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6 Dangers of DIY Estate Planning

Last updated on: November 16, 2020

Estate planning is often overwhelming, and many couples and individuals worry that the cost of writing and filing legal documents will be too much to handle. However, the consequences of doing your own estate plan with documents or guides found online can be devastating for your loved ones and beneficiaries.

1. Errors on Estate Planning Forms Are Common

DIY estate planning services and document databases often make it seem like crafting a comprehensive estate plan is just a matter of ticking the right boxes and filing the right forms. However, the forms uploaded to these services often have errors or glaring oversights. Relying exclusively on these services could lead to significant errors in your estate.

2. It’s Easy to Misinterpret Legal Terms

Legal terms, even those used in daily conversation, are easy to misinterpret. They have very specific meanings, and those outside the legal industry often misunderstand the scope or meaning of a term. Without a comprehensive understanding of the language in your estate planning documents, it’s impossible to lay out your wishes in a clear and legally enforceable manner.

3. You May Leave Key Topics Uncovered

Estate planning is a complex field that involves the consideration of many different situations and circumstances. There’s no one-size-fits-all solution for estate planning, and generic services or forms could fail to address important aspects of your needs. For example, if you have a special needs child who will need ongoing care in their adult years, a DIY estate planning service may not have the forms you need to set aside money for their care or appoint a guardian.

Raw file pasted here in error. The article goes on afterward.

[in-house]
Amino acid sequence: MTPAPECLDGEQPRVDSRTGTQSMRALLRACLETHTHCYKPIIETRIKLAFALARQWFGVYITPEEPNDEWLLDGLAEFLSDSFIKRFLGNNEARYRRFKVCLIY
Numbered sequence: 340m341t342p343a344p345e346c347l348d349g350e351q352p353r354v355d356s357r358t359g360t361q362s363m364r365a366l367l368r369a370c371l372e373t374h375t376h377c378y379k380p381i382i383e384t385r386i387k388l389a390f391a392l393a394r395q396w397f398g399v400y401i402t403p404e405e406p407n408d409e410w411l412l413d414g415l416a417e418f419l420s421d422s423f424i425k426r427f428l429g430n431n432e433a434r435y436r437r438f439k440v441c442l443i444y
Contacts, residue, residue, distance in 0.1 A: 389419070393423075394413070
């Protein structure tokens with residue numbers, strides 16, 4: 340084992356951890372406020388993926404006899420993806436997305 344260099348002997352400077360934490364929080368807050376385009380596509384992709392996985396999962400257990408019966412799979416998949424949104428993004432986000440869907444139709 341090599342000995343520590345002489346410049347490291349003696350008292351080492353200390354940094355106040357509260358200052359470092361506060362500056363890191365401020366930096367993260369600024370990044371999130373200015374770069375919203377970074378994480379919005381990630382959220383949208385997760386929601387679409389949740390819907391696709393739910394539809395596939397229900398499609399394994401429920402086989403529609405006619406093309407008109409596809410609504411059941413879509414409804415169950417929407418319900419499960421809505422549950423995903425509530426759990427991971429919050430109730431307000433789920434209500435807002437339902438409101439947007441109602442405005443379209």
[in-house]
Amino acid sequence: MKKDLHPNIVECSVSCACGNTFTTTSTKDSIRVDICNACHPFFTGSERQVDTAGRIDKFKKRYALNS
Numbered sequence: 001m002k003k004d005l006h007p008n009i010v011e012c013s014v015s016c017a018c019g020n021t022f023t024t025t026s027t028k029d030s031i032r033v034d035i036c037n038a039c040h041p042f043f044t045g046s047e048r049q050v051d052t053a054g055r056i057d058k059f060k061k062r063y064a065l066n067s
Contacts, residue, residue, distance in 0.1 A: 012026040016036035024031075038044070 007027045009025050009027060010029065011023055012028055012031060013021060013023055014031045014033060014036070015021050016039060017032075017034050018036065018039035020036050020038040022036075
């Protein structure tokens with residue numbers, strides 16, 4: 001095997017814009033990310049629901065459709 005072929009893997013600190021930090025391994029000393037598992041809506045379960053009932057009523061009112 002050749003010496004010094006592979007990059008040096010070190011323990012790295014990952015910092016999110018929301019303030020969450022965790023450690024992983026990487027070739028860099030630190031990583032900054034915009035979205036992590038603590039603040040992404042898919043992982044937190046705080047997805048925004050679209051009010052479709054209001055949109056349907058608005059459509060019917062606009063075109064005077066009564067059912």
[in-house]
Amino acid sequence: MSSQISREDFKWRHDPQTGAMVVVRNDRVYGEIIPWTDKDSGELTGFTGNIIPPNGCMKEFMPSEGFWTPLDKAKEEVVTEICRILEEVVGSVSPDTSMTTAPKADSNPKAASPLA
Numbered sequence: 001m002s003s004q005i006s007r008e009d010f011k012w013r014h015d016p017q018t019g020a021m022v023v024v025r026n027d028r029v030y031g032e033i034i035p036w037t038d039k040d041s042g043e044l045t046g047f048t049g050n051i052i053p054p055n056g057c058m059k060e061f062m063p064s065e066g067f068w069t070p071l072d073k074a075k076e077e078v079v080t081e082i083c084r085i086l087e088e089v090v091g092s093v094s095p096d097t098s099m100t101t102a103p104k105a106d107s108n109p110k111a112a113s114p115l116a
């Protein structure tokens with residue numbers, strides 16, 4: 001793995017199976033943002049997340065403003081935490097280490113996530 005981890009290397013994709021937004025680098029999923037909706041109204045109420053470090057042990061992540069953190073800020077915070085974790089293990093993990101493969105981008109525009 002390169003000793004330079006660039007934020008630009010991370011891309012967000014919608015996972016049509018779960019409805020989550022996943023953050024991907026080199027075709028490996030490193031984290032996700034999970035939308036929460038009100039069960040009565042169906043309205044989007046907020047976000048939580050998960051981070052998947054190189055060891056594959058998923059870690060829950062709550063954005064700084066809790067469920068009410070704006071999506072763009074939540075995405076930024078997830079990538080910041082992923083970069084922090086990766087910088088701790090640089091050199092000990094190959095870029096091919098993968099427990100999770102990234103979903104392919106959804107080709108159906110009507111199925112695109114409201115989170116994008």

4. Laws Change Frequently

State and federal laws are always evolving. It is extremely difficult for estate planning services that simply provide documents and generic guidance to stay abreast of legal changes. Consequently, even if you fill out the provided forms correctly and in full consideration of your legal needs, your wishes could be unenforceable.

5. You May Give Too Much Power to Another Party

Some legal documents are widely misunderstood by those outside the legal industry. A power of attorney form, when drafted improperly, could give someone full access to your finances and assets or allow them to make important decisions on your behalf. An attorney can listen to what you wish to accomplish with your estate and ensure that the language used in your documents reflects your wishes.

6. Resolving Issues Can Be Time-Consuming and Expensive

Consider the consequences of an improperly written or filed document after you have passed. Your family could be left without any understanding of your last wishes, and without an attorney to consult, they may be left guessing. It becomes even more complicated if family members disagree on what they believe you would have wanted. Careful estate planning can protect your loved ones from these situations.

A well-planned estate is one of the best legacies you can leave behind for your loved ones. Set up a meeting to discuss your goals with the team at The Matus Law Group—call us at (732) 281-0060.

Christine Matus

Picture of Christine Matus
Christine Matus

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